Liverpool is a city marked by the achievements of many strong, powerful women. Women who have paved the way for future generations. Kitty Wilkinson is one of these trailblazing women and we are proud to celebrate her as the namesake of our Wilkinson room.
To help you get to know our namesakes better, we’re sharing their stories with you. Here is Kitty’s story…
Irish migrant and Liverpool resident, Kitty Wilkinson, become known as the ‘Saint of the Slums’, saving the people of the city from the spread of disease during the 1832 cholera epidemic. Kitty was one of the only people in her neighbourhood to own a boiler. She invited those with infected clothes and linens into her home to clean their clothes. This became the first wash house in Liverpool, saving countless lives.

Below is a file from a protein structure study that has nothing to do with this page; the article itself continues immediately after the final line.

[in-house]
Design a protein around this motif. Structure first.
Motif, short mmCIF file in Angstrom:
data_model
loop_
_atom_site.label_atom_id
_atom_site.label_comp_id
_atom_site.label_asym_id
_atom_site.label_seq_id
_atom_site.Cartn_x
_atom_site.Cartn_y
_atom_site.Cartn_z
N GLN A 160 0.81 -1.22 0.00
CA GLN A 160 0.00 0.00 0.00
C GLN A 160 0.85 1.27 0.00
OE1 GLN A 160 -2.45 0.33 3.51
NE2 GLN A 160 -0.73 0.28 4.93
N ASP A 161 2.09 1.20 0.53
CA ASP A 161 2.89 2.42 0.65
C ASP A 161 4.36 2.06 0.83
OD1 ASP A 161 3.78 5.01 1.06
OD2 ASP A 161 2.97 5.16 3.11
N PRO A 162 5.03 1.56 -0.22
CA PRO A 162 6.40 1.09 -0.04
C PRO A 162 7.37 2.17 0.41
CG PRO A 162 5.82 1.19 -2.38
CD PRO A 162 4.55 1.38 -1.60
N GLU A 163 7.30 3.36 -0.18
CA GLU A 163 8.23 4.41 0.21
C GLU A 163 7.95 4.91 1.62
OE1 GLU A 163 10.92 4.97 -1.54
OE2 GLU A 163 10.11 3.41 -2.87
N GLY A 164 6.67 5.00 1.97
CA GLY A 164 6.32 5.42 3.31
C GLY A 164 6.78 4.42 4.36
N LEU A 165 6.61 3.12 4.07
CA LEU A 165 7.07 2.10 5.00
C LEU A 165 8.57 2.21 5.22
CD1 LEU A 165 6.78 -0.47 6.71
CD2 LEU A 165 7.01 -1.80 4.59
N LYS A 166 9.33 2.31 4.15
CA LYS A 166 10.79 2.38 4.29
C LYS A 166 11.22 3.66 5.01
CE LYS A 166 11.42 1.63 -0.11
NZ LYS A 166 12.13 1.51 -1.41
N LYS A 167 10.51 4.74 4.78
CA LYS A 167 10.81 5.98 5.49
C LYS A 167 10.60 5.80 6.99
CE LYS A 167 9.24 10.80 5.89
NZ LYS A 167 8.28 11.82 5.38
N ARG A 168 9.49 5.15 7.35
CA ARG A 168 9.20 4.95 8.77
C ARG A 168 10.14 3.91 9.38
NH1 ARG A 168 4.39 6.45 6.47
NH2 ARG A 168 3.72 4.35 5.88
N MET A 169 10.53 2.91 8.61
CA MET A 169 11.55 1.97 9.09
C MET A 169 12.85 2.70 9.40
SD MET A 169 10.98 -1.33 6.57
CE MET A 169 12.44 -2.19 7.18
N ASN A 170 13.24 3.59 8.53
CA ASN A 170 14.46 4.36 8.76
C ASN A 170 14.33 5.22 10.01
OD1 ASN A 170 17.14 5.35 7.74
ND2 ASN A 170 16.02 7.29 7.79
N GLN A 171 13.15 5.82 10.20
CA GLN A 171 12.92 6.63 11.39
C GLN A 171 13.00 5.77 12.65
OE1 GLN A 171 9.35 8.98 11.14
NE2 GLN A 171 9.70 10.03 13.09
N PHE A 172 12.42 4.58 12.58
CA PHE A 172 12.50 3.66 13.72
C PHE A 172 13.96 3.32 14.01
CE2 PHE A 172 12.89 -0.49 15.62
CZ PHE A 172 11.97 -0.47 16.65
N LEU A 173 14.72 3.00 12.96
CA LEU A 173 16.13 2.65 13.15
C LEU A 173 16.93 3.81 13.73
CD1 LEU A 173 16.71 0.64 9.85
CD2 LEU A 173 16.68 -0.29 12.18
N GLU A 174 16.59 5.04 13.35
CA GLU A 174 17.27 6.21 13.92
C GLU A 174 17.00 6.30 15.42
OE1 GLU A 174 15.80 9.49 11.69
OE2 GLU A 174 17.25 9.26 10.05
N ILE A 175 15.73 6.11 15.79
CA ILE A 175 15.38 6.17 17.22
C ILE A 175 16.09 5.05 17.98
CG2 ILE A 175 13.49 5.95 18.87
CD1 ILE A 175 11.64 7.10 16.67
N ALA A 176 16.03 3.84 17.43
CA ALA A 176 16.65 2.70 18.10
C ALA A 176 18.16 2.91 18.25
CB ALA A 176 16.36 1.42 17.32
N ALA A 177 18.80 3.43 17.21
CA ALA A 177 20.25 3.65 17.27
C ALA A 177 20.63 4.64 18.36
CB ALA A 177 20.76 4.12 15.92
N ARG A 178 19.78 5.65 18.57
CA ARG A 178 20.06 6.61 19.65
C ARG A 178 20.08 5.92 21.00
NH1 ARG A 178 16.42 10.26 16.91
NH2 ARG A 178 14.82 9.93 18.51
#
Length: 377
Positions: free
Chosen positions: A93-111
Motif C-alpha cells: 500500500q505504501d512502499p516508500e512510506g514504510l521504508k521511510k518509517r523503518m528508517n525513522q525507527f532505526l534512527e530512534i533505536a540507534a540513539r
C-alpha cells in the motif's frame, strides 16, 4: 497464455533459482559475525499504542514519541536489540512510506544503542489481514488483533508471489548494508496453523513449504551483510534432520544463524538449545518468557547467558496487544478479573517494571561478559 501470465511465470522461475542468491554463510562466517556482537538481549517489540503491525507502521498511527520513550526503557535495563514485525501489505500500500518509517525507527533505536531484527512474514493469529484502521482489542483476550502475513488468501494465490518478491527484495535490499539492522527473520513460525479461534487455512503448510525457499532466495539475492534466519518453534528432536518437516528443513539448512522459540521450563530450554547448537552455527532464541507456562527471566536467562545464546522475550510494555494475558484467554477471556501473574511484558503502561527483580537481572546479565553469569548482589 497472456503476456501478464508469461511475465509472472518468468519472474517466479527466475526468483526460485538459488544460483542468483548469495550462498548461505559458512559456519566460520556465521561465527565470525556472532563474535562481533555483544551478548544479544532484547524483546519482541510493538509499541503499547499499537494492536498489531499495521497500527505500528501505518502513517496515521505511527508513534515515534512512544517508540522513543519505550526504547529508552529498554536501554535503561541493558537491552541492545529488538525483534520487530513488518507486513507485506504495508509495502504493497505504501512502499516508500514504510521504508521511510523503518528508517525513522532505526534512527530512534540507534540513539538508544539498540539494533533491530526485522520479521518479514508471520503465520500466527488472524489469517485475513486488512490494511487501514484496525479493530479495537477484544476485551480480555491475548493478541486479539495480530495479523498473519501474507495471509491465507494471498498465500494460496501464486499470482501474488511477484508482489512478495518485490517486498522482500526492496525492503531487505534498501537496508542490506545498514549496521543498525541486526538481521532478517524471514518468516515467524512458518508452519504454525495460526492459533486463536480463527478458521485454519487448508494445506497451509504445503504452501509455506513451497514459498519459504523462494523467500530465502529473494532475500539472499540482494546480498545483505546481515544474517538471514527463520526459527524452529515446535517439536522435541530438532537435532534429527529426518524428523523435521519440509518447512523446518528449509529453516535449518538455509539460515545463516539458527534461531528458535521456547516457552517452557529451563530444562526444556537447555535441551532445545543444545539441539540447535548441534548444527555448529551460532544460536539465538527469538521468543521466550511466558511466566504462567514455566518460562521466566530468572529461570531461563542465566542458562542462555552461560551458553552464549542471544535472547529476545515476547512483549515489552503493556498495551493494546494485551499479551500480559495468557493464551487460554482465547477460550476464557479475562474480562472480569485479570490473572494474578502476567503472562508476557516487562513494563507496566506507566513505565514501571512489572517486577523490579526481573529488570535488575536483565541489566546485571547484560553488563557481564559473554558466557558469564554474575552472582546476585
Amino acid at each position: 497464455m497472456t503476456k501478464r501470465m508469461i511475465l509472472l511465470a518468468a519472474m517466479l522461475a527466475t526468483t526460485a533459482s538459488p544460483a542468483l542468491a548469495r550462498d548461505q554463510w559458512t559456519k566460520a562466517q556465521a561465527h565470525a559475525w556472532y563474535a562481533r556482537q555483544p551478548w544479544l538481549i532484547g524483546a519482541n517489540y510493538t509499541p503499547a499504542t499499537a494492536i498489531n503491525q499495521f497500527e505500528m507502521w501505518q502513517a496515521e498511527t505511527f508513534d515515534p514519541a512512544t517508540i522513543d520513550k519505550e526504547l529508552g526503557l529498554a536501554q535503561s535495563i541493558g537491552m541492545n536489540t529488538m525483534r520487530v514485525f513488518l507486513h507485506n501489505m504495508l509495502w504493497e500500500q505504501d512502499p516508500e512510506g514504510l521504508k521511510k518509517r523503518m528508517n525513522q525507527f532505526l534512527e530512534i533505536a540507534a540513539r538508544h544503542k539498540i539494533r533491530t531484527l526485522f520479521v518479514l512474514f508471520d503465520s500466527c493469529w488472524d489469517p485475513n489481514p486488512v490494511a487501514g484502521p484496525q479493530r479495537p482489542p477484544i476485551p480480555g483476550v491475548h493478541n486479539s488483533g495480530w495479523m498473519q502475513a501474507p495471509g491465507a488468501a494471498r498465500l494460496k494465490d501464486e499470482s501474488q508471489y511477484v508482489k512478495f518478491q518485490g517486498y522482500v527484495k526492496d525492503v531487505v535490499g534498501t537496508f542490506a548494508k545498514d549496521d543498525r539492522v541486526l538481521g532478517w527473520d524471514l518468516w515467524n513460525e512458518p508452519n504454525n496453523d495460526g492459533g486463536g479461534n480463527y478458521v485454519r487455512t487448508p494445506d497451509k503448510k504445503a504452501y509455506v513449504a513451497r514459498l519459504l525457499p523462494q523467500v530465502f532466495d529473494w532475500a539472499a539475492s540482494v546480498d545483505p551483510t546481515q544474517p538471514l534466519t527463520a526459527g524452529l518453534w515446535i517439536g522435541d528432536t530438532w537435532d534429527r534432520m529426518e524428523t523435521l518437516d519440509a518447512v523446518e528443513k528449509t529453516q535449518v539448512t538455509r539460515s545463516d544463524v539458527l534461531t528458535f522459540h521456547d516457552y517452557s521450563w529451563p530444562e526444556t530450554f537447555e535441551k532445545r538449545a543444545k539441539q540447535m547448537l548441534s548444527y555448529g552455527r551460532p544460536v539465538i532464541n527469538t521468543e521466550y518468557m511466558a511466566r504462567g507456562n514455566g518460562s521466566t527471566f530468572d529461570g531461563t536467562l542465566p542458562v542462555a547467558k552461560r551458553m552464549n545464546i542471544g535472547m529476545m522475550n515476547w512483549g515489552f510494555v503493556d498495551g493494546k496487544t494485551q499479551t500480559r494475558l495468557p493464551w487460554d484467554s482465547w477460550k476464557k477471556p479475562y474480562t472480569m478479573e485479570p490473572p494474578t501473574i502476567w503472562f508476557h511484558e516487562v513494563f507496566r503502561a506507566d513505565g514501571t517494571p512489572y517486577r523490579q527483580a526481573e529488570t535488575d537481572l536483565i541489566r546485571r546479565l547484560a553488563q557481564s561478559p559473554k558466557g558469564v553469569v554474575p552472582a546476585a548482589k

Once Kitty’s activities came to the attention of William Rathbone and the District Provident Society, they offered her their full support. Convinced of the importance of cleanliness in combating disease, Kitty pushed for the establishment of public baths where those less fortunate could bathe. In 1842 the combined public bath and washhouse opened on Upper Fredrick Street in Liverpool – the first of its kind in the country. In 1846 Kitty celebrated her appointment to superintendent of the public baths.
We remember Kitty as a saviour to all those less fortunate. She is described as “Indefatigable and self-denying. She was the Widow’s friend. The support of the Orphan. The fearless and unwearied nurse of the sick. The originator of Baths and Wash-Houses for the poor.” Kitty will continue to live in the heart of Liverpool, as a woman truly supported the growth and development of her city and its people.
The Women’s International Centre for Economic Development (aka 54 St James Street) was built for women, by women. We’re proud to work with such talented women and to call ourselves home to The Women’s Organisation.
If you’d like to find out more about our ‘WICED’ roots, click here.